Our “Star-Party Special!” (All images by Author).
So, you’ve got that brand new Dobsonian or Schmidt-Cass, and you’re looking at making a few add-ons to assure your look isn’t entirely “stock”? Like digital cameras, one of the biggest decisions you’ll make in your life-time is the purchasing of a first telescope. True, the technology changes so quickly, today’s cutting edge instrument is tomorrow’s old tech. These days, some of said technology has even moved online, with programs such as Slooh and the like… Still, you gotta buy one sometime, right? And the good news about telescopes is that the core of any instrument, the optics, will still be viable for decades. Scopes have come and gone here at Astroguyz HQ, but we have and still enjoy our basic Celestron 8” SCT we bought back in the 90’s.What follows is a brief list of add-ons, all less than $100 US, (and some free!) that we’ve built-into our repertoire to enhance our overall observing pleasure; note that the virtues of some of these items have been espoused in this space before; some are forthcoming!
A great “acquisition” eyepiece!
-A wide-field eyepiece: The Celestron 8” SCT’s of the mid-90’s came standard with a 26mm eyepiece. Not bad, but the GOTO systems of the day didn’t always place the target within the field of view. One of the first purchases I made was a 42mm wide-field eyepiece; this gives a generous 0.8° FOV, great for sweeping up faint objects just a little off-center. In fact, I’d say I use this eyepiece about 90% of the time, especially for target acquisition! True, you can spend almost as much as the cost of a new telescope for some eyepieces, but the standard Celestron/Meade Plossl 40+mm’s are a good, less than 100$ solution.
-Telrad: The Telrad finder may be the greatest invention in astronomy. I’ve wrote about the joys of their usage before; every scope I buy/build has a Telrad bracket on its tube. I’ve even seen them as indispensible gear on major university scopes. A x1 finder gives you a good “common-sense view” of the sky and where you are pointed at.
A simple camera piggyback mount.
-Piggyback Camera mount: Curiously, I do more astrophotography with the DSLR piggybacked on the scope than through the eyepiece. This enables you to do tracked exposures of the sky. I’ve even mounted video and the PST solar telescope (make sure the cover on the 8” SCT stays on!) on the piggyback adapter for tracking… this mounts right into the pre-existing screw points.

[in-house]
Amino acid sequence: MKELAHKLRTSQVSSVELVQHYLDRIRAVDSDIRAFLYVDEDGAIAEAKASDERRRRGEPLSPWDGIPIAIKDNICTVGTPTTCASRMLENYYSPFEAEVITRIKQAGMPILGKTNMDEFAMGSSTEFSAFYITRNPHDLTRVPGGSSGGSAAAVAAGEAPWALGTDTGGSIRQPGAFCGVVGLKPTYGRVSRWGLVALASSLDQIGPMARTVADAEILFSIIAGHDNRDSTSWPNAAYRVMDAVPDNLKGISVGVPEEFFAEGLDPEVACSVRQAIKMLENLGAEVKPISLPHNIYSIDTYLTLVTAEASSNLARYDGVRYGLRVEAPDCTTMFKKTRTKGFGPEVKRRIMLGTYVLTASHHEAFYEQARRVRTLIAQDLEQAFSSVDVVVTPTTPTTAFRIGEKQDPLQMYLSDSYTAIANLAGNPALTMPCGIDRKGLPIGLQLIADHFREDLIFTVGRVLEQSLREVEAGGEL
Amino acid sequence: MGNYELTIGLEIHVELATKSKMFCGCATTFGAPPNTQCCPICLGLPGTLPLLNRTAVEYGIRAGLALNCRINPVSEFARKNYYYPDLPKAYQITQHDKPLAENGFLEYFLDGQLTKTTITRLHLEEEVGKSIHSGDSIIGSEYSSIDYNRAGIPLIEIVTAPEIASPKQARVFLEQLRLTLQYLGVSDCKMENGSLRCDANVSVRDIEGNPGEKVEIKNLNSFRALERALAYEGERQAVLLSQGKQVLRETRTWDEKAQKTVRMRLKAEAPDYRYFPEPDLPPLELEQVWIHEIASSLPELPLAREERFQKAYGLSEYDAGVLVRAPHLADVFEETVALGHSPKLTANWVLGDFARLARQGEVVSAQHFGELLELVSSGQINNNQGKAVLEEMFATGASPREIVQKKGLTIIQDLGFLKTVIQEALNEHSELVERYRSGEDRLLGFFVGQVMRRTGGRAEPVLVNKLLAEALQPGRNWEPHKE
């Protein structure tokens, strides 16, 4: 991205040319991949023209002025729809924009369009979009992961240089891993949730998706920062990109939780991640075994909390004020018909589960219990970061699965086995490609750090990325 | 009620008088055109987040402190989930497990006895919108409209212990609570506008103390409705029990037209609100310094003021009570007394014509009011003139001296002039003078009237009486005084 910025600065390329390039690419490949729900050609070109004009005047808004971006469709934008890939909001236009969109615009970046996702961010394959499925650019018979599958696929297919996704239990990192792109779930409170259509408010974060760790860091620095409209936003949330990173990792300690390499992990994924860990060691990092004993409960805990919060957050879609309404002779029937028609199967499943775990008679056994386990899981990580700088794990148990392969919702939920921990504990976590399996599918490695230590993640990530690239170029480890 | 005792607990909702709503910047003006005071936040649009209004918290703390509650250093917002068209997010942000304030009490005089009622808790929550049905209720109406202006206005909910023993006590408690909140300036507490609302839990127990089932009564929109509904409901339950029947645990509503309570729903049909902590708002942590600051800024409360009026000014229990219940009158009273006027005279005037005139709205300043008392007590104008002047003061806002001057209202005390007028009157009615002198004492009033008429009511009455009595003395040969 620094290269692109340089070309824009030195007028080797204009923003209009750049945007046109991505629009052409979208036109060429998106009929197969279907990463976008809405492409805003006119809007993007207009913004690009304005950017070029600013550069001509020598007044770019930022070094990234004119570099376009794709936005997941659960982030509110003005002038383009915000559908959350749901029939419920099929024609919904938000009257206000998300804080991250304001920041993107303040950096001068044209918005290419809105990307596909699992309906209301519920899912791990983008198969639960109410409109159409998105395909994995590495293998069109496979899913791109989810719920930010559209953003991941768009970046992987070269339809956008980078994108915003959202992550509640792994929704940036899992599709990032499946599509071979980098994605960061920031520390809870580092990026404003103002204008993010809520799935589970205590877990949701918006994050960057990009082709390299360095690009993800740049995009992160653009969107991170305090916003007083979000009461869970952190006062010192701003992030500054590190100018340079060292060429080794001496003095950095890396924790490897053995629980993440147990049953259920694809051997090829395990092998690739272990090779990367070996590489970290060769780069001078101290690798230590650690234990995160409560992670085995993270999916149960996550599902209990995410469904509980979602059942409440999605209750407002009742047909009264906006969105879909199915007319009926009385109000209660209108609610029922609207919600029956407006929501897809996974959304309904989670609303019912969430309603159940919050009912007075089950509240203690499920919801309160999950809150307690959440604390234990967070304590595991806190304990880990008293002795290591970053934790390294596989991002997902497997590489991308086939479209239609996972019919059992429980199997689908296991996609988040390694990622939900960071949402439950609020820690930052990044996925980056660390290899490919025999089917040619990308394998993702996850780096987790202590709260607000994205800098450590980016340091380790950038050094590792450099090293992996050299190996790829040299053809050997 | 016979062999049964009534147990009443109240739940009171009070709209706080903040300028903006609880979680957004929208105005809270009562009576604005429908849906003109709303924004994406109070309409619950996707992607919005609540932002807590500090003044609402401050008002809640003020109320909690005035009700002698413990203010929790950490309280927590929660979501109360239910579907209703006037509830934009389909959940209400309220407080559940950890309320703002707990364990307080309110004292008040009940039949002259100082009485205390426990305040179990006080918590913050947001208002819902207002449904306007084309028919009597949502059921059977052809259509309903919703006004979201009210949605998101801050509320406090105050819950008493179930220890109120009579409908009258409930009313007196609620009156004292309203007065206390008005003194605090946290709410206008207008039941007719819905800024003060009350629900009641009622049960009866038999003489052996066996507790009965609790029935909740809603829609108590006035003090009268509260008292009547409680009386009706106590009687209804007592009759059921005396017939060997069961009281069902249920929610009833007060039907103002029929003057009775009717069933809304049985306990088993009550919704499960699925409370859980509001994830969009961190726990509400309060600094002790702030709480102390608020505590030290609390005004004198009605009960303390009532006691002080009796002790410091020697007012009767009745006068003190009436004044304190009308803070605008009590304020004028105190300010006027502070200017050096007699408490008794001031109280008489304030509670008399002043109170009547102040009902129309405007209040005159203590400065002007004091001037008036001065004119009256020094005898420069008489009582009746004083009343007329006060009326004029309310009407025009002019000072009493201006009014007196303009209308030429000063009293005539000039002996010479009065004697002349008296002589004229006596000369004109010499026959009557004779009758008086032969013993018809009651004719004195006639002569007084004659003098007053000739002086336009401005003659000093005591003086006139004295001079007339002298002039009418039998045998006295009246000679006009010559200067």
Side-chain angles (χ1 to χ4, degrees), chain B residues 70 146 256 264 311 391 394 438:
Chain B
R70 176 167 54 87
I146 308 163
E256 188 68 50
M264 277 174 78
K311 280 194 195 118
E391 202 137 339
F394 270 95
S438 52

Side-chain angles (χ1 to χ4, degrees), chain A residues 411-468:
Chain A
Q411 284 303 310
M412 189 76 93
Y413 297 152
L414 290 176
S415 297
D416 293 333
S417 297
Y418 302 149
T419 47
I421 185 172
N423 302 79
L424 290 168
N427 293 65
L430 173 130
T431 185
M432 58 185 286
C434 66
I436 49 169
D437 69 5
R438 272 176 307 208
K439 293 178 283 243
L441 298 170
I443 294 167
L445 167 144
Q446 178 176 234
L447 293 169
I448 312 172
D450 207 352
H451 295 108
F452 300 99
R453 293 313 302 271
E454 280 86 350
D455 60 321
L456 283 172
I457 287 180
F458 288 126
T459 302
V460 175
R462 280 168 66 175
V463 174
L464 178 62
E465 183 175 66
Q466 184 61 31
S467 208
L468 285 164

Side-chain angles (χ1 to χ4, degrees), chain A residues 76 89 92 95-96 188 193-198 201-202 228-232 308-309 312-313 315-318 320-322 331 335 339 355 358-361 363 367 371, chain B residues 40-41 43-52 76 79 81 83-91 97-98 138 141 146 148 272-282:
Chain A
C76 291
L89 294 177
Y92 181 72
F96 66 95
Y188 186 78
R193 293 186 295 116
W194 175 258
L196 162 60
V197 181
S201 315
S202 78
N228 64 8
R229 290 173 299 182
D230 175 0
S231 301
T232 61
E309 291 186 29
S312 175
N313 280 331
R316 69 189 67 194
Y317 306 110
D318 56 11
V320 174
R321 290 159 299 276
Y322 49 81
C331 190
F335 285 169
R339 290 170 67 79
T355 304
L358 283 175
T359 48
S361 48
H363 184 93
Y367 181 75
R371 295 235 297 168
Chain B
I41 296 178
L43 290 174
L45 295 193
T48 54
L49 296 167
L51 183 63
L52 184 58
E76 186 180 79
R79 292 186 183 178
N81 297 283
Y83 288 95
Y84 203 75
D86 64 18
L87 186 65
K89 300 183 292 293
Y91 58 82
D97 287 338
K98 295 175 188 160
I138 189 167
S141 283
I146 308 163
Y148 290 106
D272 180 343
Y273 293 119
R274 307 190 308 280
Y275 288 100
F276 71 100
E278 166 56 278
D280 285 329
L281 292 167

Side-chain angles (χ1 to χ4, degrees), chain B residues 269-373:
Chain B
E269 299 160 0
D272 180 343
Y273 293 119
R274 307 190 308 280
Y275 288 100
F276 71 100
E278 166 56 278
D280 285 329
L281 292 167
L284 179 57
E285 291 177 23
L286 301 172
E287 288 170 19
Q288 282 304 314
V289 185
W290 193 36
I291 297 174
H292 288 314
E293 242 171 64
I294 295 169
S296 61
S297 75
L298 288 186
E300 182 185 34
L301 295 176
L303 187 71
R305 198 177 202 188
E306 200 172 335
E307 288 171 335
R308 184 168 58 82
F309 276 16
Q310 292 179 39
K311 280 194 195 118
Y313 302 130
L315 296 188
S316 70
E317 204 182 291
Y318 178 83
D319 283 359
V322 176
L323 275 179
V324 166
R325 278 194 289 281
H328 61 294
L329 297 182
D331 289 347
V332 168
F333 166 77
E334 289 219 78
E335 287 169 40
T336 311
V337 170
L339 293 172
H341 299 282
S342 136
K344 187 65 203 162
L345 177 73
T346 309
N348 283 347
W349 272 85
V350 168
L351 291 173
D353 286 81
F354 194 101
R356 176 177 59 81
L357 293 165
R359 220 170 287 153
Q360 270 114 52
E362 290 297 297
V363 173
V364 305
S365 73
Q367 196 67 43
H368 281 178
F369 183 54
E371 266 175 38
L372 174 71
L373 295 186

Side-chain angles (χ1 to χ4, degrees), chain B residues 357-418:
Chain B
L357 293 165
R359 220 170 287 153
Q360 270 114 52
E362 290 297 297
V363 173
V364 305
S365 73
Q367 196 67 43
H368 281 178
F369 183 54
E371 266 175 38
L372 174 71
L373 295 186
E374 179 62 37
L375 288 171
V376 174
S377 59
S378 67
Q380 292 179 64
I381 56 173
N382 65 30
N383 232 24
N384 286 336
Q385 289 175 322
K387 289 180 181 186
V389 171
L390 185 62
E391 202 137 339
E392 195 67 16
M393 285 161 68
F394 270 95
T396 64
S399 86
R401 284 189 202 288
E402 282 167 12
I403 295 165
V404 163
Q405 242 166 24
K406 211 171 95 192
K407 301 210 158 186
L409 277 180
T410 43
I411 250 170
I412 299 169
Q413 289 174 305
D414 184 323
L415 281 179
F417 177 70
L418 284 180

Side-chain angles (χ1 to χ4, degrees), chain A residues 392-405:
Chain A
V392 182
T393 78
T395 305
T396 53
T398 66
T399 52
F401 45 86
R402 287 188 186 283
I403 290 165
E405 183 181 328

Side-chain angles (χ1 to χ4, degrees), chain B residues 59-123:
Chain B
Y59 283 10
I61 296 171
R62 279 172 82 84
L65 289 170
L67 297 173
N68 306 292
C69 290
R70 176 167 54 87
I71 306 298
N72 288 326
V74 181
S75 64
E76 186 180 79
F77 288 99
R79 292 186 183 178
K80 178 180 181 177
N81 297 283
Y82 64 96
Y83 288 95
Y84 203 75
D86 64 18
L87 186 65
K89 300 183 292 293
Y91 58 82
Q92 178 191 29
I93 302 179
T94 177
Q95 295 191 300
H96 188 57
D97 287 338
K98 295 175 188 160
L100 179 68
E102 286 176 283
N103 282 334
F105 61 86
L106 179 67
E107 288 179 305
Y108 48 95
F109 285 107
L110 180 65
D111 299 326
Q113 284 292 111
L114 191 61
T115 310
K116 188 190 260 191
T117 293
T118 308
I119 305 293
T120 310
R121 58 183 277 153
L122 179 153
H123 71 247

-Converted Webcam: back in 2004, I read an article in Sky & Telescope about an emerging movement; that of converted webcam astrophotography. Several of the big manufactures have since caught up with this trend and now offer readymade setups, but I still use the rig I built out of an off-the-shelf Logitech 4000 webcam that I got with rebate for 60$ about seven years ago. This is fine for lunar and planetary imaging and will catch some of the brighter double stars… if you’ve got a telescope, a webcam and a software program available for download such as K3CCDTools, you could be out imaging planets tonight!
A Homade field-stop.
-Homemade filter masks: An obscure hobby of mine; over the years, I’ve built homemade cardboard masks for everything from fine-focusing to field-stopping. Cut out an insert from a 30$ sheet of Baader solar paper, and you’ve got a safe white light solar filter. I’ve even made a working card-board interferometer! (More on that in an upcoming post!)
A SteadyPix SLR Camera mount.
-Afocal adapter: I received one of these camera bracket mounts some years ago for my birthday (Thanks, Hon!) and it’s still my preferred method to shoot lunar occultation videos through the eyepiece. This works with any point-and-shoot camera aimed at the eyepiece with a mount adapter, and has clamps for medium and over-sized eyepieces. Nowadays, you can even purchase an IPhone adapter for the setup!
A counterweight in the “zero-zero” position.
-Counter-weight assembly: An adjustable counterweight set will keep your tracking balanced as you swing that heavy load of gear around the sky. Generally speaking, you want to keep the weight close in and tight to the center of gravity. Some experimentation in the field is warranted to get the setting exact for a Schmidt-Cassegrain telescope; practice makes astro-perfect!
-Barlow lens+filters: A 2x or 3x Barlow lens is an easy trick to double your effective eyepiece collection; we’ve used one from Antares (the company!) for years. Colored filters or even a filter wheel are another good add-on for bringing out subtle planetary detail. Just remember to be realistic in your expectations as what filters can and cannot do.
Ye ole’ Astro-Master!
…And future purchases? Well, we’ve played with zoom-in eyepieces, and wouldn’t shy away from one used in the <100$ range… we’ve also seen ad-hoc night sky video cams constructed out of low light security cameras to great effect. Another project of mine is to cobble together our prehistoric GOTO (yes, an Advanced Astromaster!) system to a program such as Starry Night for ASCOM and enhanced pointing capability… feel free to send us tales and anecdotes of your favorite telescope add-on or hack! Perhaps if enough reader interest is generated, we’ll create a Reader’s Best astronomy hacks, or a yearly telescope buying guide…